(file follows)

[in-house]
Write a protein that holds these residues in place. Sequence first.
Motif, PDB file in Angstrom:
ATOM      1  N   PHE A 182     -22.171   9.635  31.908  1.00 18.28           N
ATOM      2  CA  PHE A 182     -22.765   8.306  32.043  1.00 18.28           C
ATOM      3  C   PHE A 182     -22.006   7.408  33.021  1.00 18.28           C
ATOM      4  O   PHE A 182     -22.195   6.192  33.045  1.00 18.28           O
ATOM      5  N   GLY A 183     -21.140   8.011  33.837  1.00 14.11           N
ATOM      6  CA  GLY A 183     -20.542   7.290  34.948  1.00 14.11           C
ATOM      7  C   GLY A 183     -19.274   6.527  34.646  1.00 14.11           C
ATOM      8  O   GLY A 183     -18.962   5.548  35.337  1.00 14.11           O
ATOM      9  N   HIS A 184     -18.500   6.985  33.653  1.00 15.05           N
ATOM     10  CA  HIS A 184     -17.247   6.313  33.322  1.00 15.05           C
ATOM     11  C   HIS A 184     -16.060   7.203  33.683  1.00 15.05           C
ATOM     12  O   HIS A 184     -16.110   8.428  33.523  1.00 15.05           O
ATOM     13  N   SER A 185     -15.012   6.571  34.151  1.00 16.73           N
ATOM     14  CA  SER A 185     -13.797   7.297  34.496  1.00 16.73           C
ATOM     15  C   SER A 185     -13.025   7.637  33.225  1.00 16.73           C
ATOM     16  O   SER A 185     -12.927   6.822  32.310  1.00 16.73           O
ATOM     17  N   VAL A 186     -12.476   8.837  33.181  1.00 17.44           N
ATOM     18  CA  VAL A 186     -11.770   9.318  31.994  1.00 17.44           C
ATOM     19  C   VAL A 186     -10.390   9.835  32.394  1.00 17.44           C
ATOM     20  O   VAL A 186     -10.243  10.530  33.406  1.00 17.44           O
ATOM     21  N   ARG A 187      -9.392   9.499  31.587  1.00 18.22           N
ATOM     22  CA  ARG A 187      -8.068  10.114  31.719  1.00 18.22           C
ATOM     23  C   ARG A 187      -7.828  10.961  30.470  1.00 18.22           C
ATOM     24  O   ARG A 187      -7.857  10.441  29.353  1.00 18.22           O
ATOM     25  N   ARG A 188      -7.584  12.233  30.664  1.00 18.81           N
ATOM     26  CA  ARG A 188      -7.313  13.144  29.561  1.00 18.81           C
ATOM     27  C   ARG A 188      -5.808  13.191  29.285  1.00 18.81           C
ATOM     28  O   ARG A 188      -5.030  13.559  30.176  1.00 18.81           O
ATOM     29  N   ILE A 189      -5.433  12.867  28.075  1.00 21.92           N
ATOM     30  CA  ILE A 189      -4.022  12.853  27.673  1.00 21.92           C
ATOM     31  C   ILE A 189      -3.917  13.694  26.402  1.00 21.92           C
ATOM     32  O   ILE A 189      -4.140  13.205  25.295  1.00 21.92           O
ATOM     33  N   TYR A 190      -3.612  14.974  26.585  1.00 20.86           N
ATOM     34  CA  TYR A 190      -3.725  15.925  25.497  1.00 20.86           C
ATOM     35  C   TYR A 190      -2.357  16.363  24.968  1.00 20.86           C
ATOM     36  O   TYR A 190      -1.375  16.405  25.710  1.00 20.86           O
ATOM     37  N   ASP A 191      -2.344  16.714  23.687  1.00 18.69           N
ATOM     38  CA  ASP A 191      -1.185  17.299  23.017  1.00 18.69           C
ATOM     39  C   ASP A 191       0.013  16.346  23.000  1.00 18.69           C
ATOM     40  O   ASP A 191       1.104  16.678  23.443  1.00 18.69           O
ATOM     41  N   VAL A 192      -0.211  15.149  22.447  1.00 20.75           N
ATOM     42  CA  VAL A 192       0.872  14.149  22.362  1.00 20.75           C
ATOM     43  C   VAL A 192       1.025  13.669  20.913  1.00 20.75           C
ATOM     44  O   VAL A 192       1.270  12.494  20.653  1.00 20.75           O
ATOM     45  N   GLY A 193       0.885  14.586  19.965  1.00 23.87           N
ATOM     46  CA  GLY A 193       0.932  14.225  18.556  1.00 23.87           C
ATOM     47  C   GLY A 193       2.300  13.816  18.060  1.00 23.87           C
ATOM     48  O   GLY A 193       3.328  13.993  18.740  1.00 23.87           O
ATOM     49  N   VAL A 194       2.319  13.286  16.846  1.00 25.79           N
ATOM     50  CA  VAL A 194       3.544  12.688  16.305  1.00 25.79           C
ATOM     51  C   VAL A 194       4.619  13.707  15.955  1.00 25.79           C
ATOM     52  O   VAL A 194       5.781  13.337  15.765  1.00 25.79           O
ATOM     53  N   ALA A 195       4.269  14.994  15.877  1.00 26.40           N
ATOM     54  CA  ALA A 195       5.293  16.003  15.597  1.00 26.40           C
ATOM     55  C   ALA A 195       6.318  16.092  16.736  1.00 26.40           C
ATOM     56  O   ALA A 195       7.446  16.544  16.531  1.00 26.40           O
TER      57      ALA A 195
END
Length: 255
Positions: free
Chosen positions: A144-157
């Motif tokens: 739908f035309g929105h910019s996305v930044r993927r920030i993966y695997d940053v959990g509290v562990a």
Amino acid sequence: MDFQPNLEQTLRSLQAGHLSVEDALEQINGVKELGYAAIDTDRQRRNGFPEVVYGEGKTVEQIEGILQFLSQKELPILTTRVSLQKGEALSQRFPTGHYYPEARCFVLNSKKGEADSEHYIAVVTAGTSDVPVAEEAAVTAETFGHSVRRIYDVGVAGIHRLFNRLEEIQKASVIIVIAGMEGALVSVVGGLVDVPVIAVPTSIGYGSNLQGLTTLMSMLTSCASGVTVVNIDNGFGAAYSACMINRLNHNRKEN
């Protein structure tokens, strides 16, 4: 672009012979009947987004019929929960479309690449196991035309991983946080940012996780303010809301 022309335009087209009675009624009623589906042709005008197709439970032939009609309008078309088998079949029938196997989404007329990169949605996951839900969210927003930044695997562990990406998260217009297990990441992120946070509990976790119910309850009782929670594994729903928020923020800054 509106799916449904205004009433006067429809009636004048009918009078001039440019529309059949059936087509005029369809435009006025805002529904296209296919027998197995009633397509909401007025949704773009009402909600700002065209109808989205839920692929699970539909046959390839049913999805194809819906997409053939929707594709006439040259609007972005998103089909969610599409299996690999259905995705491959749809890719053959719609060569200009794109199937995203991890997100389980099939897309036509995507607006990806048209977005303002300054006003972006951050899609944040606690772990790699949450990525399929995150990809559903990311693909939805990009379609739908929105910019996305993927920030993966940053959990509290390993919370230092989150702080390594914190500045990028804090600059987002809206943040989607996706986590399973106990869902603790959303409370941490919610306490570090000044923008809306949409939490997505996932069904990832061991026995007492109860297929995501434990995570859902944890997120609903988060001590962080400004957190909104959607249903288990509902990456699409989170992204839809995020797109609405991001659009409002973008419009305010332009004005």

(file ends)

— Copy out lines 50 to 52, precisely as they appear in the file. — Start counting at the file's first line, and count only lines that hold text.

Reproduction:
ATOM     47  C   GLY A 193       2.300  13.816  18.060  1.00 23.87           C
ATOM     48  O   GLY A 193       3.328  13.993  18.740  1.00 23.87           O
ATOM     49  N   VAL A 194       2.319  13.286  16.846  1.00 25.79           N